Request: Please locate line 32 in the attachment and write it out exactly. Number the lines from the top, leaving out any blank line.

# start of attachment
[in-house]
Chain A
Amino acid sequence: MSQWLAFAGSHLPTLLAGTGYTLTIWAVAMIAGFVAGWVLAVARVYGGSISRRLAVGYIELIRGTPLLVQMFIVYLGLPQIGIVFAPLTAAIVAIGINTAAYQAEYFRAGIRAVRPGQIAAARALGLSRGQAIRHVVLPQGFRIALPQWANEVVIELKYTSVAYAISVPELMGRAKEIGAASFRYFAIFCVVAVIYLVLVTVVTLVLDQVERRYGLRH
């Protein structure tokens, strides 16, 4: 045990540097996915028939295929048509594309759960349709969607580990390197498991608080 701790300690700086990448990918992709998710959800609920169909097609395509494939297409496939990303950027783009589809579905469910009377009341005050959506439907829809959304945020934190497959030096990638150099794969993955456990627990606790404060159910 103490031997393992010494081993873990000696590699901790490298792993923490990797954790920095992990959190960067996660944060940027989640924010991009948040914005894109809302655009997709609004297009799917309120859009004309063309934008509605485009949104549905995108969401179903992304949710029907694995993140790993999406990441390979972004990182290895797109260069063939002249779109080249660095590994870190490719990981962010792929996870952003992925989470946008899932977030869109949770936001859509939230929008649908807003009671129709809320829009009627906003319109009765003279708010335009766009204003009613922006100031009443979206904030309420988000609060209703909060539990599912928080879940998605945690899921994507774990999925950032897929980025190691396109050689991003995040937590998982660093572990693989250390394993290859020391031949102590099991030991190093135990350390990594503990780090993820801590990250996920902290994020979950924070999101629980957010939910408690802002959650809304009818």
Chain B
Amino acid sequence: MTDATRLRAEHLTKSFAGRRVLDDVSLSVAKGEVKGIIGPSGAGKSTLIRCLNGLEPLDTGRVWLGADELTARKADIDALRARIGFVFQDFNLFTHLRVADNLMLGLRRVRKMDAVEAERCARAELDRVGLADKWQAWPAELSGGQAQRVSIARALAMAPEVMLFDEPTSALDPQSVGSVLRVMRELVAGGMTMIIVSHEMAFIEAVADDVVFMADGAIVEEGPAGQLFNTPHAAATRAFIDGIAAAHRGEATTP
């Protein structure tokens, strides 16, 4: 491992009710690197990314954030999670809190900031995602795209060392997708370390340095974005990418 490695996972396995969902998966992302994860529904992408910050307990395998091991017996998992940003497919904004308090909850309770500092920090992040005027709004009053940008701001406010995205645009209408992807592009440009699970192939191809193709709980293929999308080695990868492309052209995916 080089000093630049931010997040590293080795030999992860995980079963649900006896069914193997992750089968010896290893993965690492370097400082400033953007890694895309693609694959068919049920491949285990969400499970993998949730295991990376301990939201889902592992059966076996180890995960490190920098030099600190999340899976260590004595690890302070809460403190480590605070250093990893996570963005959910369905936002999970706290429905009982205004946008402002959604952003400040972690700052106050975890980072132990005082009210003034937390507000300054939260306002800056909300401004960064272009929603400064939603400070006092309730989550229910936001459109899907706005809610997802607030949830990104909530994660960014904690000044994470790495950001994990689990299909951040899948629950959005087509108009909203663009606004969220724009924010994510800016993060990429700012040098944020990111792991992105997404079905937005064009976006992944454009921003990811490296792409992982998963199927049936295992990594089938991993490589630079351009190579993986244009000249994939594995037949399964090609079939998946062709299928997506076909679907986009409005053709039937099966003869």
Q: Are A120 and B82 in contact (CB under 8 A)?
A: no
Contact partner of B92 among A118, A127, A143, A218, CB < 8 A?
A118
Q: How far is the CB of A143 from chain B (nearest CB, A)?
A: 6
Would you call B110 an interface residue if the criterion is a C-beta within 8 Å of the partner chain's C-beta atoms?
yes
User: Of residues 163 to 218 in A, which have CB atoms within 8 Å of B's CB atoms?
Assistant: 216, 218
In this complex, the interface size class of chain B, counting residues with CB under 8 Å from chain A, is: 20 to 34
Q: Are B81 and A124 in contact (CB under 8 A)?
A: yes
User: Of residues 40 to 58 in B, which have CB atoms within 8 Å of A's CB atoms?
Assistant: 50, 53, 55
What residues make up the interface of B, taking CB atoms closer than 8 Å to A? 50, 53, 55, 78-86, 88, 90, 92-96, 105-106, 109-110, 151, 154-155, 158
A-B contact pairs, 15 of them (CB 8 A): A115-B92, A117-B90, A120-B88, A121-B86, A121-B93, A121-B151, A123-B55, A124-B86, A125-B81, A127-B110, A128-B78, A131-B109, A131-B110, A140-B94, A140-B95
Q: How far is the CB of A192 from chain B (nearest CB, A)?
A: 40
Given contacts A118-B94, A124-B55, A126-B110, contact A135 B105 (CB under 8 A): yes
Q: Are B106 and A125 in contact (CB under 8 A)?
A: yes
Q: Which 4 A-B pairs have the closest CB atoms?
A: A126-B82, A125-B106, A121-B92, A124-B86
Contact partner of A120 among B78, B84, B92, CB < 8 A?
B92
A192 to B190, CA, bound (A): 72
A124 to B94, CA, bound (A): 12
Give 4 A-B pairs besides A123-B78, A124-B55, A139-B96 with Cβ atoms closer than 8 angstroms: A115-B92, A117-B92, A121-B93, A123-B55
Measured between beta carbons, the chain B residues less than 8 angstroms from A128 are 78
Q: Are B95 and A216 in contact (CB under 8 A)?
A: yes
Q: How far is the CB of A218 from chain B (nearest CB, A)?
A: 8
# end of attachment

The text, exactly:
Contact partner of A120 among B78, B84, B92, CB < 8 A?